"They are hiring Black support staff for Kori because her client says diversity is important." This claim made in clusters of groups led to several conversations in an organization I once worked at. When I started working at the organization, I was one of only two Black people. Over time, and with new administrative leadership, a Black female administrative staff person was hired. And then a second one was being interviewed to support me and my team. I came to learn there was scuttlebutt and this statement was made.
Apparently, the hiring of new employees who were diverse (specifically Black) was of concern to some. The discussion was how there seemed to be a push to hire racial minorities. The evidence was "look at all the Black people they are hiring”, as one employee said. Let me give you some context. There were more than 100 employees in the organization, two senior Black professionals (I was one), and one Black support staff member at the time we were interviewing another Black candidate. I laughed it off as foolish talk not to be given air to breathe until I was told the Black staff member had been approached by one of the “stirrers” and told she probably was only hired because of her race. Deep breaths.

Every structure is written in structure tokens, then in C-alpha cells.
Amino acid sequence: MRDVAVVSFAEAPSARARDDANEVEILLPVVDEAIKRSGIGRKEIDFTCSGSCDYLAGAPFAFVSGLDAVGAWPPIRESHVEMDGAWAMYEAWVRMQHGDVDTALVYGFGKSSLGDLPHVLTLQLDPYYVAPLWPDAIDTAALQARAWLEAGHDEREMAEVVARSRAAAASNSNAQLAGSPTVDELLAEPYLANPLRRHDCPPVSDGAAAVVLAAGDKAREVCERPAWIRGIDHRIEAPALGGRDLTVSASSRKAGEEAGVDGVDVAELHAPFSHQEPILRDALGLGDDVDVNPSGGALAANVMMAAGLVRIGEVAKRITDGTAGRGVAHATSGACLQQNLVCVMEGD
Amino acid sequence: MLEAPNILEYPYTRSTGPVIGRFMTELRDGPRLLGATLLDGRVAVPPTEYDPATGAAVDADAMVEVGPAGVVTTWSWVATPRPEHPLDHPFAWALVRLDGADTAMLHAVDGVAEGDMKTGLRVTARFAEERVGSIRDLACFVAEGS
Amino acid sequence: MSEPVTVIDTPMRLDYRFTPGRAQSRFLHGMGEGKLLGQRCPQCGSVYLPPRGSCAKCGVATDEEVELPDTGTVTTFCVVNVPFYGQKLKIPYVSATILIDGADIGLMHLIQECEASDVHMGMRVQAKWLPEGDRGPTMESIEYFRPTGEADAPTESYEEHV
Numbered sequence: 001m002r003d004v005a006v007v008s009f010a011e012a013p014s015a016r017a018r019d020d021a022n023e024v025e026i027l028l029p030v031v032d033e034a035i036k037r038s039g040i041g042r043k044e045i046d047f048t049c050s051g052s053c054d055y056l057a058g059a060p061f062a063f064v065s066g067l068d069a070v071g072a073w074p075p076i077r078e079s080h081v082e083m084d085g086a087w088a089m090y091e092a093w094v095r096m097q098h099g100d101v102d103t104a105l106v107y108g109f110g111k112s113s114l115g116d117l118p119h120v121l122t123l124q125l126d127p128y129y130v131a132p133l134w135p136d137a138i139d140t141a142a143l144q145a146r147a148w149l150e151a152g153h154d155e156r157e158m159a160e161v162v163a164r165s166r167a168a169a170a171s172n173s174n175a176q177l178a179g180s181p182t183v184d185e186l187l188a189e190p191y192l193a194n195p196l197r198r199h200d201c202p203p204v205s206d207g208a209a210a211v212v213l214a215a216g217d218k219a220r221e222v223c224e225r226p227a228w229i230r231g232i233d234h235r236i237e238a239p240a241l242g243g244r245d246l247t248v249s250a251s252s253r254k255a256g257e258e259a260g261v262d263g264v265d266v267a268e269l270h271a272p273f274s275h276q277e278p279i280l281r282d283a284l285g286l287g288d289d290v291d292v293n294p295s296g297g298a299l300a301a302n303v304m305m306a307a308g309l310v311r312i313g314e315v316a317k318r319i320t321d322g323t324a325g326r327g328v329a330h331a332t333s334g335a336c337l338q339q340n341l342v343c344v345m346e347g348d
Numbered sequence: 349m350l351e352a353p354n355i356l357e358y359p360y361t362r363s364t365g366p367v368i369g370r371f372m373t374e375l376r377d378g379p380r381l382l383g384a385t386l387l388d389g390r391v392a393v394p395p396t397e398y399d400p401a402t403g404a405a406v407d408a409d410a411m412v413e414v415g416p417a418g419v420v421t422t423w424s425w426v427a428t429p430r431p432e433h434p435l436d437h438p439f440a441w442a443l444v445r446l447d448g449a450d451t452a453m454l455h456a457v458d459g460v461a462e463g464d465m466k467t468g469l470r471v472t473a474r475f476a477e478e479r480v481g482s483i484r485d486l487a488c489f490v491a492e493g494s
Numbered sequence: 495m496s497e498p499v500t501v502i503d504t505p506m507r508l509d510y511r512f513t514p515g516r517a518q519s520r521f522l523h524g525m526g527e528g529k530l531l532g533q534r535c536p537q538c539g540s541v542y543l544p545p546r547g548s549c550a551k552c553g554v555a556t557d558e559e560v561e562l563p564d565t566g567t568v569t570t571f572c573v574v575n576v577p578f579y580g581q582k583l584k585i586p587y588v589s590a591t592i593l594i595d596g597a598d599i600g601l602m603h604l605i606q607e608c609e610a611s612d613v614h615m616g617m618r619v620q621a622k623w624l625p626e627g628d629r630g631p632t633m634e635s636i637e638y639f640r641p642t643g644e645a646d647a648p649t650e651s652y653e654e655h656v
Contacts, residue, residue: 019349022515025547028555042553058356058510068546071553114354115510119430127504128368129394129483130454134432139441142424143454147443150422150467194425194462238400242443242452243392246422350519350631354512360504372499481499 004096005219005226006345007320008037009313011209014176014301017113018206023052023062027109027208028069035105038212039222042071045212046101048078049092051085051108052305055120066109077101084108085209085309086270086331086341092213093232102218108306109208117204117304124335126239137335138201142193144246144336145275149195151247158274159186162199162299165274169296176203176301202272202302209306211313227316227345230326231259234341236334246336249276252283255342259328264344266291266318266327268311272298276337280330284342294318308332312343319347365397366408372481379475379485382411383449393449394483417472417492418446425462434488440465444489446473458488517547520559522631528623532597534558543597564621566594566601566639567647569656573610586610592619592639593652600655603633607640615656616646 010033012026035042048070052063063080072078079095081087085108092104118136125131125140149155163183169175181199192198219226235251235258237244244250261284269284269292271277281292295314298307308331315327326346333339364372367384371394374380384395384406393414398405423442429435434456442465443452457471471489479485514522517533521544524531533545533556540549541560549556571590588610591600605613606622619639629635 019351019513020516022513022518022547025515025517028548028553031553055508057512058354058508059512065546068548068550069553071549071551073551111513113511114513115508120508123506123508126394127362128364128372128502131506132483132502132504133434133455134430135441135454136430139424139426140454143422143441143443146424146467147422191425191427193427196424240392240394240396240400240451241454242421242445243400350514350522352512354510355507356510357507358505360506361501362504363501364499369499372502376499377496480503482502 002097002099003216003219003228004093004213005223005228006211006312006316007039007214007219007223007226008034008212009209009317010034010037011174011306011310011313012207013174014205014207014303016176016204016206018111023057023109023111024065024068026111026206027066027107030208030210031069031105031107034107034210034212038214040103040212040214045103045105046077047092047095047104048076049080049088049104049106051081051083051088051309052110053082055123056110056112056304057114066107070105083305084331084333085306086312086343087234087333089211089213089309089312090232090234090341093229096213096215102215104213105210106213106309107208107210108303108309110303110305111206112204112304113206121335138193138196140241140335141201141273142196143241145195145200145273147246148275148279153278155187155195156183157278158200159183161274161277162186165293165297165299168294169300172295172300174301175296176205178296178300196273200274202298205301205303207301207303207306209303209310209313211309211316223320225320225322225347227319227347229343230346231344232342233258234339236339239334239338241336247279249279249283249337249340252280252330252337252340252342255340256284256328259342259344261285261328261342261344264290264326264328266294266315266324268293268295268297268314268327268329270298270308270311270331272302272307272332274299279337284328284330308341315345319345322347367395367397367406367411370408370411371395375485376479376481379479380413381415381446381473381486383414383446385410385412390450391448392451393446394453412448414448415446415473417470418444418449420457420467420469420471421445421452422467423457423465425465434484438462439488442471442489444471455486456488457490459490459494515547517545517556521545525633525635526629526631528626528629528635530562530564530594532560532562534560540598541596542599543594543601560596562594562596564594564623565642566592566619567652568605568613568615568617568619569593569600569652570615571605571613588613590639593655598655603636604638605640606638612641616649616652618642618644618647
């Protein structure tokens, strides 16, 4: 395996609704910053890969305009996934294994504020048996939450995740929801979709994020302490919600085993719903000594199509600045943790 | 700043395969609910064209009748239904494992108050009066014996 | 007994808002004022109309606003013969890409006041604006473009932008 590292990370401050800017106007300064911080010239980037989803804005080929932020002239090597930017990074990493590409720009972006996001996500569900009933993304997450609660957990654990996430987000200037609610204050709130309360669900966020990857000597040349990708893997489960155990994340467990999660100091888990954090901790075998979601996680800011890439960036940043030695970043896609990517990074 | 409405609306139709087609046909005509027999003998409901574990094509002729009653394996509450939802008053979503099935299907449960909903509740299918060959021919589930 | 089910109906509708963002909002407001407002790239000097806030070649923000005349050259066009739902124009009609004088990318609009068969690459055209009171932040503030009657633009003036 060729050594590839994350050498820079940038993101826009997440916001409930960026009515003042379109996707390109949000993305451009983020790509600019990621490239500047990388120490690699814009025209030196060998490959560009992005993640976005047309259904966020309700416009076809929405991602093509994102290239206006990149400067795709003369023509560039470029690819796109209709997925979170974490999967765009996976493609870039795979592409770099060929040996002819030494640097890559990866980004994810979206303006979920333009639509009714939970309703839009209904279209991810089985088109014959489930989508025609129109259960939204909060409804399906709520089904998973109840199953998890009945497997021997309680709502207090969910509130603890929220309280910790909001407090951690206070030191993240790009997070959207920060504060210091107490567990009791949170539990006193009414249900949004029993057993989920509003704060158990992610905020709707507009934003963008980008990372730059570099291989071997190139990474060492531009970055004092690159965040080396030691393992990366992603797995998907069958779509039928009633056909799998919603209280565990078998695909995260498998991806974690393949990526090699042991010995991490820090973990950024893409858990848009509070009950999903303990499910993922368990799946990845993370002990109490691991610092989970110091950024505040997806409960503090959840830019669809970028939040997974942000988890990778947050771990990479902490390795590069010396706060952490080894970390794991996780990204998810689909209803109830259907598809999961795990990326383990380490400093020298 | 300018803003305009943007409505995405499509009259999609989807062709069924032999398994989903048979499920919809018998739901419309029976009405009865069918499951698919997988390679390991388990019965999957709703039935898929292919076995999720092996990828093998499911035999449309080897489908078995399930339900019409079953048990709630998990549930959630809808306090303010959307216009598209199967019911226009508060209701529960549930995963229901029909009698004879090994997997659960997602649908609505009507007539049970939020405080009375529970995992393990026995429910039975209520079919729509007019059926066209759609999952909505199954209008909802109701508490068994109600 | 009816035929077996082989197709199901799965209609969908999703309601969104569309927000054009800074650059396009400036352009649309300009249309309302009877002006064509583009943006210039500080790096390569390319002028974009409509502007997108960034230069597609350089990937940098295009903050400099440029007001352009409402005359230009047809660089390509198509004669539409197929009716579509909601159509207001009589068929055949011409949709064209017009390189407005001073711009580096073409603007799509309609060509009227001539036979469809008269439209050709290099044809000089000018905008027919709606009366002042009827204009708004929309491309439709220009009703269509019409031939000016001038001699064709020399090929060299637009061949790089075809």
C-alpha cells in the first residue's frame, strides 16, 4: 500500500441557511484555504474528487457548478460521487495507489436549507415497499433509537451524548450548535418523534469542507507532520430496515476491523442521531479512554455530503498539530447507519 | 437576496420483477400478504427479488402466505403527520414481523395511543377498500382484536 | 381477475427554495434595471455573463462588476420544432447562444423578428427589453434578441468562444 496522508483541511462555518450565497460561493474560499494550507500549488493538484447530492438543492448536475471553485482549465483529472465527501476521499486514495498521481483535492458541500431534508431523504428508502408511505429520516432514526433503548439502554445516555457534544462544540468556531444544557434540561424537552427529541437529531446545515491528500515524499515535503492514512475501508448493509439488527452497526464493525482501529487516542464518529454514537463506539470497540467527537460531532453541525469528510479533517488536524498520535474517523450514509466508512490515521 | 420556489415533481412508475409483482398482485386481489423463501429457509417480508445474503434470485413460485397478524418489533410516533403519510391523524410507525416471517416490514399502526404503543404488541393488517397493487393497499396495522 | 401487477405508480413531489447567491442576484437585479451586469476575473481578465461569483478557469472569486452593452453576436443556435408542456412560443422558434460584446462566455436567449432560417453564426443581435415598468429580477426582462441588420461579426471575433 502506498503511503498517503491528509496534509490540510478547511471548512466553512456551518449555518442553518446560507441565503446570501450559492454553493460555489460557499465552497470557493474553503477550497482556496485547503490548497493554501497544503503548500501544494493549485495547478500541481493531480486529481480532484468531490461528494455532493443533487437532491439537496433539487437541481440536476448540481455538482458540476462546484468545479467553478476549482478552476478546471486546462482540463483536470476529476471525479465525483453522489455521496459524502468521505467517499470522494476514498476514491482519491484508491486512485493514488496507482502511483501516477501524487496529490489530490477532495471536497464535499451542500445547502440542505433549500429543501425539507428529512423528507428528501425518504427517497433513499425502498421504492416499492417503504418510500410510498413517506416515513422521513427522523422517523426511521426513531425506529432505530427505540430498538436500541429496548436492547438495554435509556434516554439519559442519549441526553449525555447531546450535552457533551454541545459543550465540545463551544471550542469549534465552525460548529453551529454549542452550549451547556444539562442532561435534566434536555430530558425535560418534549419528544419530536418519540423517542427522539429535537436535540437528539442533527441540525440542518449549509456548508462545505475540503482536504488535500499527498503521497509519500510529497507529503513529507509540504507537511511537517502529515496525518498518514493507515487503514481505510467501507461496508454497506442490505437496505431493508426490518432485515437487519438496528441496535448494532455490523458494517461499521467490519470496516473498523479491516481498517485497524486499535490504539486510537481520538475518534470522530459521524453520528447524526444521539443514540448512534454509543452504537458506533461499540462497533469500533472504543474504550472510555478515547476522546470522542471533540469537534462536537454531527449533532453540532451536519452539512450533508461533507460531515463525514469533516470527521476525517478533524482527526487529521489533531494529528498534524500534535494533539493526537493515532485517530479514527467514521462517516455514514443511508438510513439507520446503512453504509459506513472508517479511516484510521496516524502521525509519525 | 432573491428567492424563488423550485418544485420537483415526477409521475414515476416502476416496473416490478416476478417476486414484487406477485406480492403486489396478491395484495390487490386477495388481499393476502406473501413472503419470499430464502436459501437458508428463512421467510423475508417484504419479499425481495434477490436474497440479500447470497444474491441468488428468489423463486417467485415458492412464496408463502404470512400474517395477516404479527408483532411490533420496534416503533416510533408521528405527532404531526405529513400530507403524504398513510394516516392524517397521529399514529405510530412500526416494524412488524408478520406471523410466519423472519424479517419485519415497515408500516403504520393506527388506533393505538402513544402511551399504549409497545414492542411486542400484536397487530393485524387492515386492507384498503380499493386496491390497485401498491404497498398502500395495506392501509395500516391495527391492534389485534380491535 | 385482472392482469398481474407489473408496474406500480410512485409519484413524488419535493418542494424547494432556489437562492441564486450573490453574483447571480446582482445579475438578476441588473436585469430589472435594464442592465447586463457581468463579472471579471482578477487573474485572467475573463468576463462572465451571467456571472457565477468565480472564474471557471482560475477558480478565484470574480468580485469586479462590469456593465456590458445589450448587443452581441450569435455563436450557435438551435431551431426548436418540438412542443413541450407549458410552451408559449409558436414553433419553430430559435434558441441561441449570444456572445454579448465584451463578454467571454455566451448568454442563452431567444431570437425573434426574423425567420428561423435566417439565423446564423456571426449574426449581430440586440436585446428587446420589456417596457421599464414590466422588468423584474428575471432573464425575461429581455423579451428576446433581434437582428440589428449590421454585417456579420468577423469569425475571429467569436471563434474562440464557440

Over time I have learned that the nasty things you pretend don't exist simply multiply. When we hired White person after White person, there was no problem. No one said, "Are the only people capable of doing this job White?" But, apparently, the idea of two Black support staff members got people talking. Does this sound familiar to you? The problem was not just that an employee had started making these comments. The problem was also that the culture allowed for such behavior to occur as groups continued to discuss this, for it to develop momentum because no one wanted to address it, and because those who disagreed and were offended, chose silence instead.